And if a government abrogates that commission by itself becoming an agent of wrongdoing, it exceeds its authority, and its directives have no morally binding force whatsoever. As Wolterstorff puts it, “God does not permit the government to issue directives or employ forms of coercion that constitute wrongdoing on the part of the government” (92). The state is “rights-limited” as well as “rights-protecting” (93). Looking back to v. 2, then, Wolterstorff glosses the obedience due the state: “governing authorities are appointed by God to exercise governance over the public for the purpose of executing anger on wrongdoers, in that way to serve God…And so it is that when they do what they are assigned to do, we must not resist them but obey and submit” (94).
So much for Wolterstorff’s argument from above. His argument from below comes at the question very differently, but arrives at the same conclusion: the state’s political authority emanates from its task as a rights-protecting and rights-limited body. The first and longest part of his essay is an argument against “goods-based” theories of political authority, which he summarizes this way:
The political authority of the state and the obligation of its citizens to obey cannot be accounted for by appealing to some common good, whatever that good be; obligations and their correlative rights cannot be derived from goods that carry no obligations or rights. From the fact that it would be a good thing for me to perform some action it does not follow that I am obligated to perform that action (ULD, 269).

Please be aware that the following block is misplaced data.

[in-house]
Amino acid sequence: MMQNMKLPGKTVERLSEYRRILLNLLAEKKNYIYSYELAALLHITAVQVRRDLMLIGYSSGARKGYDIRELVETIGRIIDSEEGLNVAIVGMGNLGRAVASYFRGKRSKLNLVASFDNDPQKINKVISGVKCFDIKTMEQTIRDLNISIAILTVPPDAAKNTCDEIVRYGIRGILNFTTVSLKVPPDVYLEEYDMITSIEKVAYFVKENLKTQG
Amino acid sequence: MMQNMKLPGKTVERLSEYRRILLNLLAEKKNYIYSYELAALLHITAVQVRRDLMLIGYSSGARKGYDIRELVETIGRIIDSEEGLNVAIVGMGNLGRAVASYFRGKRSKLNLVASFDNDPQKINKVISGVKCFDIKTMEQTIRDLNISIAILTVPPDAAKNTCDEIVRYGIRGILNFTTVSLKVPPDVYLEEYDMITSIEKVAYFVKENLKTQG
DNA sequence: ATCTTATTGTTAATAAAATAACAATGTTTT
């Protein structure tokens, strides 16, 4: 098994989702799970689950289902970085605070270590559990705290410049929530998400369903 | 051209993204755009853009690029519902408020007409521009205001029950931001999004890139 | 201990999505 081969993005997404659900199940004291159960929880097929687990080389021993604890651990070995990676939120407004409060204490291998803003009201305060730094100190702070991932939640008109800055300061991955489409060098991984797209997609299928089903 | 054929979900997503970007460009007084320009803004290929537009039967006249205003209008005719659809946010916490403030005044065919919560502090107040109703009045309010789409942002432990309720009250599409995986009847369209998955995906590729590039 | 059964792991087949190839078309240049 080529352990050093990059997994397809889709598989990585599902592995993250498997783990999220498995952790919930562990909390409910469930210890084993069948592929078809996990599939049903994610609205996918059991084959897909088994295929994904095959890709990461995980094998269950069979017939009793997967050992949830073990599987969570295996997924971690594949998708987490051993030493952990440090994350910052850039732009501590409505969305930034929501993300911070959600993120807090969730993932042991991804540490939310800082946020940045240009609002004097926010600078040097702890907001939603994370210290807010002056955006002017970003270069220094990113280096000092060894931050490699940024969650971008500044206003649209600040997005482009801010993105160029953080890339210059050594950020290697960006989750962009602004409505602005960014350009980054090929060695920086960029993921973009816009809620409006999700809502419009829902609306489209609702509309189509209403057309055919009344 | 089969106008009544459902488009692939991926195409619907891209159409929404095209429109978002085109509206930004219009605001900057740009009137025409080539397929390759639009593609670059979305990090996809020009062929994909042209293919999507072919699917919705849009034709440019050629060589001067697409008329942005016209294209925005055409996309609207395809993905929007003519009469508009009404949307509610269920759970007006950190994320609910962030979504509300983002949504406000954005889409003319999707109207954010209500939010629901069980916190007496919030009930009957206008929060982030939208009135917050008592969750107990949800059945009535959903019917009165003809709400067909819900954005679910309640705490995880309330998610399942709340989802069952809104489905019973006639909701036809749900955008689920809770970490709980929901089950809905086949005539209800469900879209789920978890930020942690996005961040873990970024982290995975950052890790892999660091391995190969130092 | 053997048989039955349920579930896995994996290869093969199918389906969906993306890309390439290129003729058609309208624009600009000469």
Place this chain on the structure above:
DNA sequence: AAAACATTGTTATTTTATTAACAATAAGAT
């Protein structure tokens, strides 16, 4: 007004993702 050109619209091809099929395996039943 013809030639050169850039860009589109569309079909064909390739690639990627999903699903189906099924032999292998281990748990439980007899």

He proposes a line of thought that begins with the state’s duties toward citizens, and with citizens rights against the state. Citizens have a natural right to the protection by the state from their being wronged by the state, other citizens, or institutions. And if citizens have that claim right to the state’s protection, then the state has both a duty and a permission right to furnish it. Finally, since state’s have that permission right, citizens have a duty to comply with the directives and judgments by which the state furnishes that protection, since “we are obligated not to hinder a person’s doing what he is obligated to do” (274).
(Q: How do we know that citizens have a right to protection by the state? W. hasn’t argued for this, has he?)
W. suggests that focusing squarely on the state’s role as rights-protector provides Christians with abundant reasons to support liberal democracy. “The pre-modern Christian tradition” thought of politics principally in terms of cultivating “a life of true piety and virtue,” a standpoint from which liberal democracy appears mediocre at best. But if we shift our focus from “the good of well-being…to the evil of violating a person, then Christians have a powerful reason for regarding the liberal polity as an inherently excellent type of polity” (ULD, 321), because, in its enshrinement and protection of civil liberties, “the liberal polity gives high priority to preventing and avoiding the violation of persons” (ULD, 321).